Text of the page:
Figure 2 Sample surface characterization and Ag+ ions release. (A) FE-SEM images of various surfaces (scale bars =3 μm); (B) corresponding EDS spectrum of various samples; (C) TEM images of Ag-TiO2@PDA NRDs (scale bars =100 [left panel] and 20 [right panel] nm); (D) Ag-release profiles from Ag-TiO2 NRDs and Ag-TiO2@PDA NRDs into PBS; (E) water contact angles and photographs of water droplets on various surfaces; (F) XPS spectra of various samples; (F1) C 1s peak of Ag-TiO2 NRDs; (F2) C 1s peak of Ag-TiO2@PDA NRDs.

Antibacterial activity in vitro

The antibacterial activities against MRSA and E. coli were measured by FE-SEM, Live/Dead staining, ZOI, bacteria counting method, and protein leakage analysis in vitro.

After incubation for 24 hrs, the morphology of the adherent MRSA and E. coli was measured by FE-SEM in Figure 3A and B, respectively. MRSA presented spherical on pure Ti, but irregular and lysed on Ag-TiO2 NRDs and Ag-TiO2@PDA NRDs surfaces. Similarly, E. coli became corrugated, distorted, and lysed on Ag-TiO2 NRDs and Ag-TiO2@PDA NRD surfaces.

Figure 3 Antibacterial activity in vitro. (A) FE-SEM morphology of methicillin-resistant Staphylococcus aureus (MRSA) seeded on the various surfaces (scale bars =1 μm); (B) FE-SEM morphology of Escherichia coli (E. coli) seeded on the various surfaces (scale bars =2 μm); (C) fluorescent images of stained MRSA and bacterial suspension (insert in part C) after co-cultured with various surfaces for 24 hrs (scale bars =50 μm); (D) fluorescent images of stained MRSA and bacterial suspension (insert in part D) after co-cultured with various surfaces for 48 hrs (scale bars =50 μm); (E) zone of inhibition (ZOI) test of the various coatings against MRSA; (F) ZOI test of the various coatings against E. coli.

The live/dead staining assay is shown in Figure 3C and D. The biofilm was formed on the complete coverage of pure Ti group at 48 hrs. However, the amount of bacteria coverage on NRDs samples was considerably lower than that on pure Ti group. Moreover, many yellow and red spots can be observed from TiO2 NRDs and TiO2@PDA NRDs group, indicating significantly physical punctured of bacteria membrane. Almost all red spots can be observed from Ag-TiO2 NRDs and Ag-TiO2@PDA NRDs, indicating more dead bacteria and admirable antibacterial ability.

As shown in Figure 3E and F, the ZOI diameters of Ag-TiO2 NRDs for MRSA and E. coli were 13.2±0.2 mm and 15.9±1.6 mm, respectively. The ZOI diameters of Ag-TiO2@PDA NRDs for MRSA and E. coli were 13.5±0.5 mm and 16.1±1.3 mm, respectively.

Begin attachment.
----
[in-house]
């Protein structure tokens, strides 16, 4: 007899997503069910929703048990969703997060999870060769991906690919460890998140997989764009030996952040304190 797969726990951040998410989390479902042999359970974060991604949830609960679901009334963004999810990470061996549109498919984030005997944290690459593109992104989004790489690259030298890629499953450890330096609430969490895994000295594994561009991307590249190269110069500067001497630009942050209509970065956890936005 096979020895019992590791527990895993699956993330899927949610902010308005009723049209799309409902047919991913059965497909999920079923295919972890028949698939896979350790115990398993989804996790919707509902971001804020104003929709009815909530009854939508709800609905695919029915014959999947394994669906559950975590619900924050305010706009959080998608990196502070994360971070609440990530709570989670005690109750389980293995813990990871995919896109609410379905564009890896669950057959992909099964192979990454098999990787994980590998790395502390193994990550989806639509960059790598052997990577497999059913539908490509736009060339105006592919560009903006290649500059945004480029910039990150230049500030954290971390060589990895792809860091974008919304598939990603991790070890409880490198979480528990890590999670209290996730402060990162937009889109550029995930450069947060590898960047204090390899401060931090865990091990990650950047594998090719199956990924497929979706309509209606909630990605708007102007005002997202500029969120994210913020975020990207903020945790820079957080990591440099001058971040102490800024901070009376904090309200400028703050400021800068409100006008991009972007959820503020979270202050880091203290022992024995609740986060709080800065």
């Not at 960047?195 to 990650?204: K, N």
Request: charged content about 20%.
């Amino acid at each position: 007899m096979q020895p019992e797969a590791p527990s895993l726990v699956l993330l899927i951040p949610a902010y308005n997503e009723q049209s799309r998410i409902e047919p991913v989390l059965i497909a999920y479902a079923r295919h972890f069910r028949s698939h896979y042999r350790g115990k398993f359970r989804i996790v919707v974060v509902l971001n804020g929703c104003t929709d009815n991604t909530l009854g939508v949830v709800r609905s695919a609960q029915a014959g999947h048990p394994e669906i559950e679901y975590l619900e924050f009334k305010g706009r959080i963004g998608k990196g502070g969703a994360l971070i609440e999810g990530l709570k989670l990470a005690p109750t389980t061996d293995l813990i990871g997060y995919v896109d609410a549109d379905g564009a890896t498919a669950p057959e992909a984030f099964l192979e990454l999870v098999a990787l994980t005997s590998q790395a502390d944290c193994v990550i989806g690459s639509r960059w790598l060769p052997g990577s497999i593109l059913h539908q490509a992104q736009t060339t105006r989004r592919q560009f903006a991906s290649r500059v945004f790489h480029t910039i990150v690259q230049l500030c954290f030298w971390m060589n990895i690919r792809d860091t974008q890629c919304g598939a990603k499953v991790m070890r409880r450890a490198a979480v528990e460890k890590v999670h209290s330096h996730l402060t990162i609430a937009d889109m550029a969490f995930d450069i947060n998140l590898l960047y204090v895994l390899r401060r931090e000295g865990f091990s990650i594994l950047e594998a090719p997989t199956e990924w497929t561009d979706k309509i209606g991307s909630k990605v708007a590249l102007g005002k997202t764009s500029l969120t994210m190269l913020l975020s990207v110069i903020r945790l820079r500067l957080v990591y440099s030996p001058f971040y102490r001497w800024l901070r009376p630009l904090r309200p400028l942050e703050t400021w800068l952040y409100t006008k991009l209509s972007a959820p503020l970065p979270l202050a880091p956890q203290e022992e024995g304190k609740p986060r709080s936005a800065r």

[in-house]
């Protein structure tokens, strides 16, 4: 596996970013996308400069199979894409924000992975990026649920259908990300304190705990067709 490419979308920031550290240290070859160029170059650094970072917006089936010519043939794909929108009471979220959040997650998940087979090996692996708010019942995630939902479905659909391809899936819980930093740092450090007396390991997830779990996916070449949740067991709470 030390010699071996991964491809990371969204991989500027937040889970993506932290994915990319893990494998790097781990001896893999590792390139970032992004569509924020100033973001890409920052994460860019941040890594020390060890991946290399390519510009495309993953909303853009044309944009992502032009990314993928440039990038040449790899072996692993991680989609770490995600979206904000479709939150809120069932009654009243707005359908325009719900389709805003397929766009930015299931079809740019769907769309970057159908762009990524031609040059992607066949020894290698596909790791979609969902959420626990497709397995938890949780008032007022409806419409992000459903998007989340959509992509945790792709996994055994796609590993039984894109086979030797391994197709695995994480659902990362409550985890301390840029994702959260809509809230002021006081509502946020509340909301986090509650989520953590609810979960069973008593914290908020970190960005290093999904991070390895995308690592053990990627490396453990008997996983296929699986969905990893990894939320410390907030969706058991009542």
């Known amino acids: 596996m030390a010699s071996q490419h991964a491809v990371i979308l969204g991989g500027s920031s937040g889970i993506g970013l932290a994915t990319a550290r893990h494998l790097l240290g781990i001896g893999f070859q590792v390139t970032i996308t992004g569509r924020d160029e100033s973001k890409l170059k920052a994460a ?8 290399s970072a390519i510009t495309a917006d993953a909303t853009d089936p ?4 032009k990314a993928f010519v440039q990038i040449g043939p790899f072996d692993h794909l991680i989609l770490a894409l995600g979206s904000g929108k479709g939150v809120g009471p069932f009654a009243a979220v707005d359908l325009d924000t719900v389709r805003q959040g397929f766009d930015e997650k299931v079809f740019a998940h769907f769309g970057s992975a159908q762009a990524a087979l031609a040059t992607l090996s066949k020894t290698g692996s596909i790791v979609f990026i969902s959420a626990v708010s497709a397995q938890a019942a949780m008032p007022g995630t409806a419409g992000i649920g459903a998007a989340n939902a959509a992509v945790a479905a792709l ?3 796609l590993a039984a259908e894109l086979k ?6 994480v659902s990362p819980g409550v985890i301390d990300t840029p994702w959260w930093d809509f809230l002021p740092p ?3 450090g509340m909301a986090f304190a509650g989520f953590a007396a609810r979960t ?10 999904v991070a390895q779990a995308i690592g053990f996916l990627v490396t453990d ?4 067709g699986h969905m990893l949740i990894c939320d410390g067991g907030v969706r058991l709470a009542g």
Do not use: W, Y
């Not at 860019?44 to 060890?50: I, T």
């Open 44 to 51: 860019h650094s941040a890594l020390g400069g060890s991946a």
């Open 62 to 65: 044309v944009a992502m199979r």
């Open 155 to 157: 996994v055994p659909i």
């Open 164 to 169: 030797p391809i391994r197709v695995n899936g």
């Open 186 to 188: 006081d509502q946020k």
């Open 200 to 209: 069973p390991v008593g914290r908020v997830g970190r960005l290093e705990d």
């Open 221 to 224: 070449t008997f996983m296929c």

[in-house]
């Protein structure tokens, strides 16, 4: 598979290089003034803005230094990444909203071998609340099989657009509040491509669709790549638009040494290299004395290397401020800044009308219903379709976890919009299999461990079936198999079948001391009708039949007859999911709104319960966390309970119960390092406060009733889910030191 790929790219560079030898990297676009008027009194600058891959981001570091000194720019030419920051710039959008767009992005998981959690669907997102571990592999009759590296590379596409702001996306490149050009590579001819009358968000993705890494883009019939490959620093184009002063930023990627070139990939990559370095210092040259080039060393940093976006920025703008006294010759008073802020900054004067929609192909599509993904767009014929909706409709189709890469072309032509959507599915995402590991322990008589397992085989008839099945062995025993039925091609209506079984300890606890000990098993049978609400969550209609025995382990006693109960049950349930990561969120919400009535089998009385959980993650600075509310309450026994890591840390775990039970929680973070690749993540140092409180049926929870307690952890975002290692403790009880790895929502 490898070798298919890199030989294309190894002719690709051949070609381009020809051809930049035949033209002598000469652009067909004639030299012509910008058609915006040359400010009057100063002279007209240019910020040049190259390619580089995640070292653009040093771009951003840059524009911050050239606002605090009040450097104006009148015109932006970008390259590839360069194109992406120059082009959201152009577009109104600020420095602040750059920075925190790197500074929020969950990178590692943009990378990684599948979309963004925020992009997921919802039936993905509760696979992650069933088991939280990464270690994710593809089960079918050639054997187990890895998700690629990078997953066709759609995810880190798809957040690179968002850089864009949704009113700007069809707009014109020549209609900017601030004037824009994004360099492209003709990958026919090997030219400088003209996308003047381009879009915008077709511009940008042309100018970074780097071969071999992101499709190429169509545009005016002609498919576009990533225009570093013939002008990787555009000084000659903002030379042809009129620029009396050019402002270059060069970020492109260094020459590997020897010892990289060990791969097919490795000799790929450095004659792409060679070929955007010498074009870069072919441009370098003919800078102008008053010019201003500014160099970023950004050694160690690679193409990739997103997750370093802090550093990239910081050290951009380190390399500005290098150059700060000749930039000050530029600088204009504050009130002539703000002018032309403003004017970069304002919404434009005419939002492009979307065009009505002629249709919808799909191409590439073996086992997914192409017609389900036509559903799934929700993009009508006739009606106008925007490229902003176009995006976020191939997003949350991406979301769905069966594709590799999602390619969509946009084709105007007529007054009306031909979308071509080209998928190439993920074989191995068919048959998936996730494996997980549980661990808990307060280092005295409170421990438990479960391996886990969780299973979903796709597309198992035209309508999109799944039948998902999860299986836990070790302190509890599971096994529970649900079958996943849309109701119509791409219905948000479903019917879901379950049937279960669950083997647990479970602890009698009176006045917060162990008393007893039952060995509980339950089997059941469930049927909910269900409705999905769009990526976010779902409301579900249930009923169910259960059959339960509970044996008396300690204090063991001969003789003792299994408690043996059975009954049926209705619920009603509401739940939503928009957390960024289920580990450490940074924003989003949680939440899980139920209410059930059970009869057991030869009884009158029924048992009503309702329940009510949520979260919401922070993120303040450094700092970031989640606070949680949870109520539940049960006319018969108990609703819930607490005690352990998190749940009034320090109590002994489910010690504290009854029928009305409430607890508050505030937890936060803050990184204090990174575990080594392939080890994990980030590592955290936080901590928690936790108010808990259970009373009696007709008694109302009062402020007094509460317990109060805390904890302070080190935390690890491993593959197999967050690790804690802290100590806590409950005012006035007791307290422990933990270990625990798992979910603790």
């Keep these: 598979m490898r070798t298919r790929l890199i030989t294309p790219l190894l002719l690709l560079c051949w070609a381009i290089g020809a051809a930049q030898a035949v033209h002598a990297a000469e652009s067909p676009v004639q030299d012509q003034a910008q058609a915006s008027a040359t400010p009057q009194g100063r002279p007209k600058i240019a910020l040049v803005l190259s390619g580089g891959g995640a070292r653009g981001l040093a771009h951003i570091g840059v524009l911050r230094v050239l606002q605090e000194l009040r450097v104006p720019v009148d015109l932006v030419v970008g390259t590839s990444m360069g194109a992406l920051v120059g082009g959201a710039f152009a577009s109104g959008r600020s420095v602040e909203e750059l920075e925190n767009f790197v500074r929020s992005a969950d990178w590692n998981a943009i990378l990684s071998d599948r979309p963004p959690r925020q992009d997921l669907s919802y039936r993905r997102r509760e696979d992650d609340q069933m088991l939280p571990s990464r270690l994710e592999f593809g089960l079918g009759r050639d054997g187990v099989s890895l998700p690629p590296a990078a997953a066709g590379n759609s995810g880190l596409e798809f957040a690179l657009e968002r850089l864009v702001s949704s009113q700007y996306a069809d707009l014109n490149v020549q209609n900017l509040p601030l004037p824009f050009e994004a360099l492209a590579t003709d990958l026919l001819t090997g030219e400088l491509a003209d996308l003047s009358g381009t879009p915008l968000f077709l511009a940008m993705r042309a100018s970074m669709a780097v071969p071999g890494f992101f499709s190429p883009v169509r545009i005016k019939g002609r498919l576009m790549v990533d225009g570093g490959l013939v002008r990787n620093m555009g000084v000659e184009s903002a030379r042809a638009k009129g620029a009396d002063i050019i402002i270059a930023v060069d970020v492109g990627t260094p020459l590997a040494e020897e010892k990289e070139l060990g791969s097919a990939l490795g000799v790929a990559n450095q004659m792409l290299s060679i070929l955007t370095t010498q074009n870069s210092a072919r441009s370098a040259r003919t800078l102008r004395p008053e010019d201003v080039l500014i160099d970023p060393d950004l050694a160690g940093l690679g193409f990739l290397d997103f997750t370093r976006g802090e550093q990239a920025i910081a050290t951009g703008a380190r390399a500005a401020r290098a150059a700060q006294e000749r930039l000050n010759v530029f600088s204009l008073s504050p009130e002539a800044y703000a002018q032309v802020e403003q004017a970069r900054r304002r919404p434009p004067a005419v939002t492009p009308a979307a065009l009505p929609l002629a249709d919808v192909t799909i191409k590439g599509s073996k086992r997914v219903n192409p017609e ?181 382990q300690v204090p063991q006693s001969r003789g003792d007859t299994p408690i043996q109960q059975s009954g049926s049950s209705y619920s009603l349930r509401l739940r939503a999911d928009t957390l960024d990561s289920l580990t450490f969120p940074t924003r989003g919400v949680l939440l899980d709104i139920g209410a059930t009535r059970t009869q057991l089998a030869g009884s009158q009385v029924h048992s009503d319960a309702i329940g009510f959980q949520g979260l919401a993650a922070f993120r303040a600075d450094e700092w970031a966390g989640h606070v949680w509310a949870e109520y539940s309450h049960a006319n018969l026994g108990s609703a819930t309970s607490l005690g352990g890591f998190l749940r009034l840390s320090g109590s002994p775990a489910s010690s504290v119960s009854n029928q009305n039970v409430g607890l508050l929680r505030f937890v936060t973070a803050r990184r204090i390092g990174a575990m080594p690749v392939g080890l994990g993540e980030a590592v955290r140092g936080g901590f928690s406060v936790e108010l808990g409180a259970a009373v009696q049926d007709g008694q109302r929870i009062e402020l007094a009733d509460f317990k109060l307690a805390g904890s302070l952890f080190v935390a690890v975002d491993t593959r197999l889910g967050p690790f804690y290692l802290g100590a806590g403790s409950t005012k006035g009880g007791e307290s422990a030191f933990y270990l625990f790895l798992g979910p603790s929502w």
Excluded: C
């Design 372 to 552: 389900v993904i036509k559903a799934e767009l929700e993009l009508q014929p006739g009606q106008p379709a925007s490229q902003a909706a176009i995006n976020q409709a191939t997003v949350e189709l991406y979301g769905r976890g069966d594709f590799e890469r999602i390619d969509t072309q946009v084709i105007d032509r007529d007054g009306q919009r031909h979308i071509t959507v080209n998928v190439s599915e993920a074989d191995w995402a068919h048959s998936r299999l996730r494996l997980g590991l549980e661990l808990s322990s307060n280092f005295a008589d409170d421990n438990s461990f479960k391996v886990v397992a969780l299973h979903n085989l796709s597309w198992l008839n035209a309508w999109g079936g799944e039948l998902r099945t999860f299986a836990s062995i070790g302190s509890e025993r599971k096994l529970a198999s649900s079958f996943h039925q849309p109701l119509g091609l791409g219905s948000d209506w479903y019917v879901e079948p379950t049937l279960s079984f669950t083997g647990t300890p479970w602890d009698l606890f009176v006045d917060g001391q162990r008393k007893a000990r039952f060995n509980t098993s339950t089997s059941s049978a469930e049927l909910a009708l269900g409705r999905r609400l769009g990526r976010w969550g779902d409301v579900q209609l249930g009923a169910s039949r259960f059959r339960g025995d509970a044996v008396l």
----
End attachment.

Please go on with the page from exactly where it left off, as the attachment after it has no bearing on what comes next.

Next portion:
The anti-adherent bacterial activity against MRSA and E. coli was evaluated by the bacteria counting method. Compared to the pure Ti group, Ag-TiO2 NRDs and Ag-TiO2@PDA NRDs showed adequate bactericidal effect. Ag-TiO2 NRDs showed the antibacterial rates of 97.1±1.0%, 59.8±3.9%, and 34.3±12.0% against MRSA (Figure 4A) and 98.2±1.0%, 83.5±2.1%, and 37.2±5.9% against E. coli at 1, 7, and 14 days (Figure 4B), respectively. However, Ag-TiO2@PDA NRDs showed longer-term antibacterial effects, with antibacterial rates of 95.4±2.0%, 88.6±1.5%, and 80.1±1.1% against MRSA (Figure 4A) and 96.7±2.1%, 91.3±0.5%, and 86.2±2.6% against E. coli at 1, 7, and 14 days (Figure 4B), respectively. Interestingly, TiO2 NRDs (22.3±3.9% for MRSA and 25.4±12.3% for E. coli) and TiO2@PDA NRDs (24.5±2.4% for MRSA and 23.1±7.2% for E. coli) group also have the anti-adherent bacterial ability compared with the pure Ti group (Figure 4C).

Figure 4 Anti-adherent bacterial activity in vitro. (A) Methicillin-resistant Staphylococcus aureus (MRSA) recultured on agar after dissociation from Ag-TiO2 NRDs and Ag-TiO2@PDA NRDs at day 1, day 7, and day 14; (B) Escherichia coli (E. coli) recultured on agar after dissociation from Ag-TiO2 NRDs and Ag-TiO2@PDA NRDs at day 1, day 7, and day 14; (C) MRSA and E. coli recultured on agar after dissociation from Ti, TiO2 NRDs, and TiO2@PDA NRDs at day 1. The error bars indicate means ± standard deviations: *p<0.05 and ***p<0.001.

As shown in Figure 5A, the protein leakage concentration of Ti, TiO2 NRDs, TiO2@PDA NRDs, Ag-TiO2 NRDs, and Ag-TiO2@PDA NRDs was 262.5±5.5, 307.5±17.8, 305.7±9.5, 398.2±2.8, and 364.9±2.8 μg/mL for MRSA and 263.8±2.8, 296.4±5.9, 285.3±8.7, 364.3±6.4, and 359.9±10.2 μg/mL for E. coli, respectively.

Figure 5 Protein leakage analysis and cytotoxicity evaluation in vitro. (A) Concentration of leaked protein in the supernatant of various groups; (B) cytotoxicity level of various surfaces by CCK-8 test. The error bars indicate means ± standared deviations: *p<0.05, ** p<0.01, and ***p<0.001.

Cell adhesion, morphology, and cytotoxicity in vitro

As shown in Figure 6A and B, the pure Ti had a low affinity to osteoblasts with the spherical morphology. In contrast, the polygonal shape and distinct pseudopodia of MC3T3-E1 were observed on TiO2 NRDs and TiO2@PDA NRDs reflecting the adequate cellular adhesion and extension. However, the different degrees of cell shrinkage were observed on the Ag-TiO2 NRDs surfaces, probably because of the burst release of Ag+ ions. With the PDA coatings, the extensive morphology of cells was detected on Ag-TiO2@PDA NRDs samples, confirming that the cytotoxicity of Ag+ ions can be sharply reduced through the combination by PDA.

Figure 6 Cell morphology in vitro. (A, B) FE-SEM cell morphology of mouse calvarial cells (MC3T3-E1) cells cultured on various surfaces for 24 hrs (scale bars =200 [A] and 10 [B] μm); (C) fluorescent images of MC3T3-E1 cells cultured on various surfaces for 24 hrs with phalloidion (green) and DAPI (blue) (scale bars =100 μm).